Episode 13: Mike Feiner on High Performance Leadership
May 31, 2017
Our guest today is Mike Feiner, who has been an influential figure in my own life since I took his class High Performance Leadership at Columbia Business School.
Mike is now on his fourth career.
He was the Worldwide Chief People Officer at Pepsi – so the head of HR and the top advisor on all people matters to the CEO.
Here is a factoid: in the last three years, according to The New CEO Report by Feigen Advisors, 81 individuals have ascended to the CEO role. in the Fortune 250. Of those 81, eight of the CEOs had worked previously at Pepsi, several of them while Mike was the head of HR. Something special was clearly going on.
After Pepsi, Mike developed and taught one of the most popular courses ever at Columbia Business School.
While he loved teaching, after ten years he wanted a new challenge and took the role of Senior Managing Director at Irving Place Capital where he Lead firm’s efforts in guiding portfolio company management teams build, grow & develop their leaders & managers.
And now Mike is an independent professional, serving as a consultant to CEOs and senior leaders.
Mike is also the author of the bestselling The Feiner Points of Leadership: The 50 Basic Laws that will make people want to perform better for you. I’ve given out copies of this book dozens of times – it is the most practical book on what leadership is that I’ve ever read.
In our wide ranging conversation, we talk about how to apply these basic laws of leadership as an independent professional
We talk about the Law of Intimacy, the Law of Feedback, the Law of Professional Commitment, the Law of the Emperor’s Wardrobe, and more.
Mike’s been a lifelong runner, running nearly every day for over 40 years, and we also talk about his suggestion that business professionals need to think of themselves as Professional Athletes. We’re in a marathon, not a sprint, and we need to think about personal fitness, broadly conceived – exercise, diet, sleep, mindfulness all factor into our long term success as much, if not more than our knowledge of valuation methodologies or the latest digital marketing techniques.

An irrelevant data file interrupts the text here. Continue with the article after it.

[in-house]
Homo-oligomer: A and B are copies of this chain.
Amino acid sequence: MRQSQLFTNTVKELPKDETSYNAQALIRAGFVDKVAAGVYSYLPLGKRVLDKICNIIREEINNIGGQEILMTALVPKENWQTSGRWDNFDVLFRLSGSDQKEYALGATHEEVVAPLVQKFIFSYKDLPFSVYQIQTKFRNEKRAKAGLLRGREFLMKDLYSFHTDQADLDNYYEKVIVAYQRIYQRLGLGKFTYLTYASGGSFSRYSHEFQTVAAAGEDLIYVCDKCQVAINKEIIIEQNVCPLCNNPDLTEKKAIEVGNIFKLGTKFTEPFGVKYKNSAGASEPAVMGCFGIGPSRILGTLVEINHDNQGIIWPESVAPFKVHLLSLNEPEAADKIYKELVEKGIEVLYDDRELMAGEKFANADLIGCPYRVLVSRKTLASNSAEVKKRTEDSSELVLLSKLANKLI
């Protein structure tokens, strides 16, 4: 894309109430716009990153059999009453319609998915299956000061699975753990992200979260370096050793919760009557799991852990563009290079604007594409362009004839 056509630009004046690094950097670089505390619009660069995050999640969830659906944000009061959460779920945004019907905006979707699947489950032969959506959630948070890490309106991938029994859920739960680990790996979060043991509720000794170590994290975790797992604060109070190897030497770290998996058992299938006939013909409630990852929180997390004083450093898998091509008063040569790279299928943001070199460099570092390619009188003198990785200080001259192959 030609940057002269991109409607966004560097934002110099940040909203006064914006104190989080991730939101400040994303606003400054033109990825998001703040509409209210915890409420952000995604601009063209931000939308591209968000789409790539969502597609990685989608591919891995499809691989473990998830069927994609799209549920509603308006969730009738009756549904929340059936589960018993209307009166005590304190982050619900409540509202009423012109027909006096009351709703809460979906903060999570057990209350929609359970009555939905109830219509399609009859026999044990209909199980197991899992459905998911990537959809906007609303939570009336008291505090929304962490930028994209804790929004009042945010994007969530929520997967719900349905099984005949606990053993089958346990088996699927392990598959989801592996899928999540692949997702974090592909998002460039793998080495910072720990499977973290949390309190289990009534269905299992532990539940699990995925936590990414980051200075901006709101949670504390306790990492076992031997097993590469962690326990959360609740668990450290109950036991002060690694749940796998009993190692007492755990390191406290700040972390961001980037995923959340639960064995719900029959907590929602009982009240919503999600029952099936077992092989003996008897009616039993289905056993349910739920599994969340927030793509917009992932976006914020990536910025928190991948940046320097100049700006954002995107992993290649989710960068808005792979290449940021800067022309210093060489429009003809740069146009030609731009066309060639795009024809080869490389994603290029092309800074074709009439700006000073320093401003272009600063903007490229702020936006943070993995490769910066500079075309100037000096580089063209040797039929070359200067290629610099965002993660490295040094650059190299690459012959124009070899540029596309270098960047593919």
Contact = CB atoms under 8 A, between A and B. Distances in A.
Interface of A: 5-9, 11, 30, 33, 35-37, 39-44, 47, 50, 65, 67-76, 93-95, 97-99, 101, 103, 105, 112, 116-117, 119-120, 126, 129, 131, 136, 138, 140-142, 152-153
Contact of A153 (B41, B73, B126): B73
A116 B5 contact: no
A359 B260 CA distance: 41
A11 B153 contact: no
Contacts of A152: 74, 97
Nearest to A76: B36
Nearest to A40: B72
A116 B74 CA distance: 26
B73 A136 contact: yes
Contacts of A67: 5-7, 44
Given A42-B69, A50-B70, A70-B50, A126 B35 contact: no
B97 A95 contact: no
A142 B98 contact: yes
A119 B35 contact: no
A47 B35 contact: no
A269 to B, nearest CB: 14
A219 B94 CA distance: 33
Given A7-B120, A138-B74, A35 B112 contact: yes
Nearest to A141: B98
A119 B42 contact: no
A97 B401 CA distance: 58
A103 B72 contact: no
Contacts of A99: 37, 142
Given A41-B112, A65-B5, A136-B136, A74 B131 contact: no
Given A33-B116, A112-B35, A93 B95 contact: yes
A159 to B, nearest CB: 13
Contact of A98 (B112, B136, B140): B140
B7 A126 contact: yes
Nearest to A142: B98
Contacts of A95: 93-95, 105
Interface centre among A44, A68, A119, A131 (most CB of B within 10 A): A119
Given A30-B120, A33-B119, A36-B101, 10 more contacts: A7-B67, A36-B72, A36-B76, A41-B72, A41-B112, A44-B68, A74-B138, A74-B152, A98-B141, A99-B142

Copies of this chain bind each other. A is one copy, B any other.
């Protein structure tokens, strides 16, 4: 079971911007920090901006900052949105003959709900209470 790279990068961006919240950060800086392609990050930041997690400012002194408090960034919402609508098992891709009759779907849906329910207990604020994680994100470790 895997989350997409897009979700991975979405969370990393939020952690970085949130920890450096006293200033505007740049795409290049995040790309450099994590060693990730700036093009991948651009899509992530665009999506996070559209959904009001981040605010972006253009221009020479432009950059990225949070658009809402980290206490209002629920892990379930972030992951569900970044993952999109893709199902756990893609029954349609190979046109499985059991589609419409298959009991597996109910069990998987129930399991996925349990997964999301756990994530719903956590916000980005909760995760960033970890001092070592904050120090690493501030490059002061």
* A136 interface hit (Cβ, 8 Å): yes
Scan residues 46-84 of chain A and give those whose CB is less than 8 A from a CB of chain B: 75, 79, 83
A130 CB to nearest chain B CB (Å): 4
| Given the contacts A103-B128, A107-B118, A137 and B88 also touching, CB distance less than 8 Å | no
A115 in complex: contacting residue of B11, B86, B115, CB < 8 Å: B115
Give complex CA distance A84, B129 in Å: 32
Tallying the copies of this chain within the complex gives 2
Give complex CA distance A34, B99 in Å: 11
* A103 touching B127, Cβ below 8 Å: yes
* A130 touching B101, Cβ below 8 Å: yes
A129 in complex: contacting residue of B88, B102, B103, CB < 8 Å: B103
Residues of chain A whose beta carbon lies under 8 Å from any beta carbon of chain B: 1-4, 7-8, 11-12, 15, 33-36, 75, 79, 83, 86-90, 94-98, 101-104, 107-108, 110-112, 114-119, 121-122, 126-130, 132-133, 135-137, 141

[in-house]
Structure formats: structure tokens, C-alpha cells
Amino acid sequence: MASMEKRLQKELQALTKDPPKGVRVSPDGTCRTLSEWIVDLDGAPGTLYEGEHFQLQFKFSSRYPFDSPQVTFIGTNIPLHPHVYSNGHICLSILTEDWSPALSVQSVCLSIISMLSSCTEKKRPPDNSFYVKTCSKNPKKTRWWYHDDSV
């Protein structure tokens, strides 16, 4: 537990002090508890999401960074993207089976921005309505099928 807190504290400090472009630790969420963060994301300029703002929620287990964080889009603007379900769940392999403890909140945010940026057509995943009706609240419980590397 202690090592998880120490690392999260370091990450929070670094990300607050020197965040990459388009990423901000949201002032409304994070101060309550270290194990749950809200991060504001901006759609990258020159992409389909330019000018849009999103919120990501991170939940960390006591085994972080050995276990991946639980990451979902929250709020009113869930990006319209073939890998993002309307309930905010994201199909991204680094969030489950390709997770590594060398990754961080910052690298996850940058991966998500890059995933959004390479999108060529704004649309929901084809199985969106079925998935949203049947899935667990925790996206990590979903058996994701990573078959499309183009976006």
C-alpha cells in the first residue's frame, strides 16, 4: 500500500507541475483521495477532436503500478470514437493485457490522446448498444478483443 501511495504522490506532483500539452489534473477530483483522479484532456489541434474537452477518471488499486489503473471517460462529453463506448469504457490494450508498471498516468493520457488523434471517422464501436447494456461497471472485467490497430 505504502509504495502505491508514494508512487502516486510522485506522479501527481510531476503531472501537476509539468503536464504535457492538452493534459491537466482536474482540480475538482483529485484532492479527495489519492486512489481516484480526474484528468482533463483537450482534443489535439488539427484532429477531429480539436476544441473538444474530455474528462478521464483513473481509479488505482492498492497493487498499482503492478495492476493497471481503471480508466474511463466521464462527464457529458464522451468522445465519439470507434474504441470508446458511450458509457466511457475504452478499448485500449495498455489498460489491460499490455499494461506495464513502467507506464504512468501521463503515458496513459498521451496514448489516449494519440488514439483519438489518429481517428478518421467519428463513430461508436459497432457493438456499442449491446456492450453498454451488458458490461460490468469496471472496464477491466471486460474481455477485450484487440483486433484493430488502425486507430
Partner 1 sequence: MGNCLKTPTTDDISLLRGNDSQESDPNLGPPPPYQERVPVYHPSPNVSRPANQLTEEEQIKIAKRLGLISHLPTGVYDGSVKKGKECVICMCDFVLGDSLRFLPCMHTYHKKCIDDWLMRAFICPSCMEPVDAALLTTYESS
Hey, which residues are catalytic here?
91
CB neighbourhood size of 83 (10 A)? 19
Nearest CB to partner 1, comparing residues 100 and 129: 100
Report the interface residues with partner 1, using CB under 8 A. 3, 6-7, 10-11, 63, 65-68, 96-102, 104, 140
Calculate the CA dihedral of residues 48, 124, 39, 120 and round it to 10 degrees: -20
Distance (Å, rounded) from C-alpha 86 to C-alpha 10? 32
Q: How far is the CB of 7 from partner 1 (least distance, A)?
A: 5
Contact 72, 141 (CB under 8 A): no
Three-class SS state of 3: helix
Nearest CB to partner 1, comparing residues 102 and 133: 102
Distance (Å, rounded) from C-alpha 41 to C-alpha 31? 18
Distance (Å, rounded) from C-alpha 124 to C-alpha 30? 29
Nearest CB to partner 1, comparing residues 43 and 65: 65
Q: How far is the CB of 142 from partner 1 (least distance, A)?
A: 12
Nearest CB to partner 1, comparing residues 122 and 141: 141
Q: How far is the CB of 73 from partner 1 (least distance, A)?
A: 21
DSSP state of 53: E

You can read more about Mike’s work on his website, feinerconsulting.com
Will Bachman: What was unique about the people policies at Pepsi that generated so many successful leaders?
Mike Feiner: I’m a consultant, so I’m not going to spend time deciding what the Pepsi can should look like or what a Frito bag should contain. I’m going to focus on the quality of the strategy and the quality of the leadership. That focus created a platform around which certainly many HR organizations within PepsiCo had the license to build a world-class organization at every single level. The mantra that Andy Pearson created for creating an academy company and a world class company superseded every other bias. It cascaded through the organization. Many companies focus on the C-Suite to build world-class talent. What separated PepsiCo was our focus on building world-class talent at every single level, down to the plants, down to the sales warehouses, down to the factories.
We ran talent reviews at every level of the organization. Every senior manager would have his or her direct reports present on the talent and the capabilities of every individual within their sphere of responsibility, and ultimately those reviews were rolled up to myself and the CEO.
That’s what’s required to build a world-class organization— when there’s an enormous premium on being able to demonstrate that you have talent.
Your book is called The Feiner Points of Leadership: The 50 Basic Laws That Will Make People Want to Perform Better for You. How do your laws translate to the independent professional?
There are lots of laws in the book that are applicable to consulting situations. I find in my own consulting practice that diagnosis is the easier part of the issue. The trickier part is trying to communicate it in a way so that the client doesn’t hear it as criticism. I also think it’s very important for the client to understand you are genuinely and personally committed to helping them solve their problem.
There’s a law in the book about the law of intimacy – that to lead people effectively, you really have to know them. It’s very important to understand clearly what the client’s issues are, but at the same time you have to understand who is that client, and what’s the best way to communicate with them? I think the law of intimacy is just as important with a client as it is with a direct report.